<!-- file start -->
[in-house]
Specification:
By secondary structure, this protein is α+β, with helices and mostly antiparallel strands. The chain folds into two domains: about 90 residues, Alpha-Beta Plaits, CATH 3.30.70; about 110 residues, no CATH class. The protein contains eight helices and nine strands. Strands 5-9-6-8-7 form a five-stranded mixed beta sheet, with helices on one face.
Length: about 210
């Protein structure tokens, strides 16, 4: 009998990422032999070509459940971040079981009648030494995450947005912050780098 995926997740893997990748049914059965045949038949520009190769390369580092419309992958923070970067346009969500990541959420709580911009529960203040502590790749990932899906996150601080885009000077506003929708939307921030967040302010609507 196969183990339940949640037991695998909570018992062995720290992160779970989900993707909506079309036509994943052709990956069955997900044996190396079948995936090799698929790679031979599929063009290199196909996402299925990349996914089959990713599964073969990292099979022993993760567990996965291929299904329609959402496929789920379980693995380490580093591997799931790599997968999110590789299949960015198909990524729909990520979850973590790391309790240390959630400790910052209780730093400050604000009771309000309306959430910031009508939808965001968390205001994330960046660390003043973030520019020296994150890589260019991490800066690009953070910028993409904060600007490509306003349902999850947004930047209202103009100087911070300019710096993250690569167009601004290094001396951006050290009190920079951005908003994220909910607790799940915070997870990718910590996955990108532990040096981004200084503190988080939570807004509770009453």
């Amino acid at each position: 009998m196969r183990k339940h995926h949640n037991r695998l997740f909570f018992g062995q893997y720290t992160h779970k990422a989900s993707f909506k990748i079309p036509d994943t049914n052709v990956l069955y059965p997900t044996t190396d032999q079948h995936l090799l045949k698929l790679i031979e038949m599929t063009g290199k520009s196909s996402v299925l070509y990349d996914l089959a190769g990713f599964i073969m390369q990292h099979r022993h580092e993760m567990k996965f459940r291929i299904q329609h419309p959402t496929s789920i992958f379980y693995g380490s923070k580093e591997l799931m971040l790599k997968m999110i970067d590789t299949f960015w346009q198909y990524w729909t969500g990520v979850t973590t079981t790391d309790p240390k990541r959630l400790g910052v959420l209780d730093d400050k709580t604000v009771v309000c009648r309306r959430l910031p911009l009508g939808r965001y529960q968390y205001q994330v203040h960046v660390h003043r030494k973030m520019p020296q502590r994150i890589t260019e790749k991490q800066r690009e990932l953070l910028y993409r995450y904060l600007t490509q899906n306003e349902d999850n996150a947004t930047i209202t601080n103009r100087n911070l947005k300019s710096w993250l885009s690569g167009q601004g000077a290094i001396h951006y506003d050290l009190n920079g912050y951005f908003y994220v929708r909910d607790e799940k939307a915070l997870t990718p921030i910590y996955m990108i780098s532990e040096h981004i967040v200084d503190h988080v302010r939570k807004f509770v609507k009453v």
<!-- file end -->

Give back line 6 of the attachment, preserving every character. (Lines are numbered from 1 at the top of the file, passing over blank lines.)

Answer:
């Amino acid at each position: 009998m196969r183990k339940h995926h949640n037991r695998l997740f909570f018992g062995q893997y720290t992160h779970k990422a989900s993707f909506k990748i079309p036509d994943t049914n052709v990956l069955y059965p997900t044996t190396d032999q079948h995936l090799l045949k698929l790679i031979e038949m599929t063009g290199k520009s196909s996402v299925l070509y990349d996914l089959a190769g990713f599964i073969m390369q990292h099979r022993h580092e993760m567990k996965f459940r291929i299904q329609h419309p959402t496929s789920i992958f379980y693995g380490s923070k580093e591997l799931m971040l790599k997968m999110i970067d590789t299949f960015w346009q198909y990524w729909t969500g990520v979850t973590t079981t790391d309790p240390k990541r959630l400790g910052v959420l209780d730093d400050k709580t604000v009771v309000c009648r309306r959430l910031p911009l009508g939808r965001y529960q968390y205001q994330v203040h960046v660390h003043r030494k973030m520019p020296q502590r994150i890589t260019e790749k991490q800066r690009e990932l953070l910028y993409r995450y904060l600007t490509q899906n306003e349902d999850n996150a947004t930047i209202t601080n103009r100087n911070l947005k300019s710096w993250l885009s690569g167009q601004g000077a290094i001396h951006y506003d050290l009190n920079g912050y951005f908003y994220v929708r909910d607790e799940k939307a915070l997870t990718p921030i910590y996955m990108i780098s532990e040096h981004i967040v200084d503190h988080v302010r939570k807004f509770v609507k009453v």